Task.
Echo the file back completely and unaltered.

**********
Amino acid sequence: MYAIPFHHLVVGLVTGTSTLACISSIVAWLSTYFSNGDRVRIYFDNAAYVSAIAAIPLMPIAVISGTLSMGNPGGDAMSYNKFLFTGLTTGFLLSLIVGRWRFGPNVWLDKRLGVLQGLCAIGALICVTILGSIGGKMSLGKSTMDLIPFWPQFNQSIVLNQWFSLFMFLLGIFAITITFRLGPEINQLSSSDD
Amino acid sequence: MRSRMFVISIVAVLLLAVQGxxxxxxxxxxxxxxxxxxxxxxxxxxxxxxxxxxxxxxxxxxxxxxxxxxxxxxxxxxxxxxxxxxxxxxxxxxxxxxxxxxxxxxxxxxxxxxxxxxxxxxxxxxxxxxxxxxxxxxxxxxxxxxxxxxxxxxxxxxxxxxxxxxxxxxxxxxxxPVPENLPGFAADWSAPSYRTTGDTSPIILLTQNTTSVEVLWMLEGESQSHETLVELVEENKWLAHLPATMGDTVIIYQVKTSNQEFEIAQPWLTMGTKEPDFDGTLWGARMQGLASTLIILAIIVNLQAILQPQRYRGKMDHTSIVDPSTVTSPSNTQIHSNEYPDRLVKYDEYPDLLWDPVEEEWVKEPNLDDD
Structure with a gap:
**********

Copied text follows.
Amino acid sequence: MYAIPFHHLVVGLVTGTSTLACISSIVAWLSTYFSNGDRVRIYFDNAAYVSAIAAIPLMPIAVISGTLSMGNPGGDAMSYNKFLFTGLTTGFLLSLIVGRWRFGPNVWLDKRLGVLQGLCAIGALICVTILGSIGGKMSLGKSTMDLIPFWPQFNQSIVLNQWFSLFMFLLGIFAITITFRLGPEINQLSSSDD
Amino acid sequence: MRSRMFVISIVAVLLLAVQGxxxxxxxxxxxxxxxxxxxxxxxxxxxxxxxxxxxxxxxxxxxxxxxxxxxxxxxxxxxxxxxxxxxxxxxxxxxxxxxxxxxxxxxxxxxxxxxxxxxxxxxxxxxxxxxxxxxxxxxxxxxxxxxxxxxxxxxxxxxxxxxxxxxxxxxxxxxxPVPENLPGFAADWSAPSYRTTGDTSPIILLTQNTTSVEVLWMLEGESQSHETLVELVEENKWLAHLPATMGDTVIIYQVKTSNQEFEIAQPWLTMGTKEPDFDGTLWGARMQGLASTLIILAIIVNLQAILQPQRYRGKMDHTSIVDPSTVTSPSNTQIHSNEYPDRLVKYDEYPDLLWDPVEEEWVKEPNLDDD
Structure with a gap: